50. When I lost my mom and dad ( 8 years apart) what helped me was my faith, my church family, and I had a young son.

  51. I just love all of your books, so glad I found them now just waiting for each new one to come out. Have a great 4th of July week end.

  52. When i miscarried it helped me when someone just came over and sat and talked about other things. they were just there and at first i didnt want company but im glad i let them in and just their presence took my mind off the loss for a little while and it was healthy to visit about other things. also a couple of people sent our family meals. one lady ordered us pizza and had it delivered to the house. i was filled with a brief joy because of their thoughtfulness.
    Rachel Maples
    Monett Mo

  53. I, thankfully, have not lost my spouse, but due to being in the ministry we have been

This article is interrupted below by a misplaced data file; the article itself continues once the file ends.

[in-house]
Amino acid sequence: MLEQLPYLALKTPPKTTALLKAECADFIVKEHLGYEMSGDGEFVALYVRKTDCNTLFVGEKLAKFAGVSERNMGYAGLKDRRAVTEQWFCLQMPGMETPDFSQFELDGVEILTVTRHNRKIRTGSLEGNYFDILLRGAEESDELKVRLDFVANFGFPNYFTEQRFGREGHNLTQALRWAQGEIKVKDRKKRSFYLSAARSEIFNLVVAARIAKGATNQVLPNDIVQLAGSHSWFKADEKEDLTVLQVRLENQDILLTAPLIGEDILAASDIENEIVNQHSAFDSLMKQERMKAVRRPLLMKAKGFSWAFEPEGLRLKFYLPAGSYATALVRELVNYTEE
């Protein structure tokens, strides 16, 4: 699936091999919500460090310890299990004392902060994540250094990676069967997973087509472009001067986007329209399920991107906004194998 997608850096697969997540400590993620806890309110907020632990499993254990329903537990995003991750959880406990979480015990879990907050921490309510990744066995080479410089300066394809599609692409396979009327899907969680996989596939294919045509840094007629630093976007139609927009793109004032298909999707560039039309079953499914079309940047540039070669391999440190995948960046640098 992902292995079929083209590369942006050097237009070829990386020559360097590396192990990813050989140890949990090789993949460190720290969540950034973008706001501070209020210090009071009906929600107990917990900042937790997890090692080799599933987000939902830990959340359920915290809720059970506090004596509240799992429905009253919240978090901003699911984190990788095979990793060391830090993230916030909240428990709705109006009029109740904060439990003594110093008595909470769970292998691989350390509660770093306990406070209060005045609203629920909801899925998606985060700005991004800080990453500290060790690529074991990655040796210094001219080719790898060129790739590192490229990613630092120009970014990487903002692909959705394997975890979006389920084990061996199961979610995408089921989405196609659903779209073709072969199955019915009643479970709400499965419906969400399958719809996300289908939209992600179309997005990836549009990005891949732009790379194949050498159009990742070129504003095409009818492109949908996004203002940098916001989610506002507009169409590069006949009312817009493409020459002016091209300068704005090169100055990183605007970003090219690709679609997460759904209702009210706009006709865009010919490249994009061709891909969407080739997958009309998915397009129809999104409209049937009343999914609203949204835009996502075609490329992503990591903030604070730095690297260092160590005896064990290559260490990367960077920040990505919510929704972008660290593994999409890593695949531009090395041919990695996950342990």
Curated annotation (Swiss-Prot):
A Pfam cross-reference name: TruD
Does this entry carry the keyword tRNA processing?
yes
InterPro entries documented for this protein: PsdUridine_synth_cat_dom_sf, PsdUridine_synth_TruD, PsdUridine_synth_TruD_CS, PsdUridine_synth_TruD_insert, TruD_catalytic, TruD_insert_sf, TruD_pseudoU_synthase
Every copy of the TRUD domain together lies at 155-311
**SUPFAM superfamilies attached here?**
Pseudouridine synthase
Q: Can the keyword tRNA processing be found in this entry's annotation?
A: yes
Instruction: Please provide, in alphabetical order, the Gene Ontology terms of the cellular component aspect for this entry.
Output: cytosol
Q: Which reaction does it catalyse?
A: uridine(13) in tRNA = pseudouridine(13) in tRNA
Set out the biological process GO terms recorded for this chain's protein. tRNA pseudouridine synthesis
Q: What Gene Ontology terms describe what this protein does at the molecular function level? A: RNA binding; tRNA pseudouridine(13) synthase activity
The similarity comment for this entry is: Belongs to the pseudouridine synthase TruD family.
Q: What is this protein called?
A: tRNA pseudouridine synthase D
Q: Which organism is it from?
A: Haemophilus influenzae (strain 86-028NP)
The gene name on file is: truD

with many who have. One of the best things a person can do is to give of themselves.
    Its easy to give flowers, or meals, or cards, which are all terrific things. But giving of
    oneself is even better. They need a phone call, a visit, listen to the process of losing
    the spouse, even if you heard it 10 times before.. Take them out to eat, go for a walk
    in the mountains, just be with them, is there a part of the day that is harder than others,
    like for one who has lost a husband who worked, when it would be supper time, time
    for him to come walking into the house, the pain is more severe. Eat supper with them.
    Then, take them along visiting with you, help them to see others are hurting and are in
    need. If possible connect them up with someone who is in need, someone they can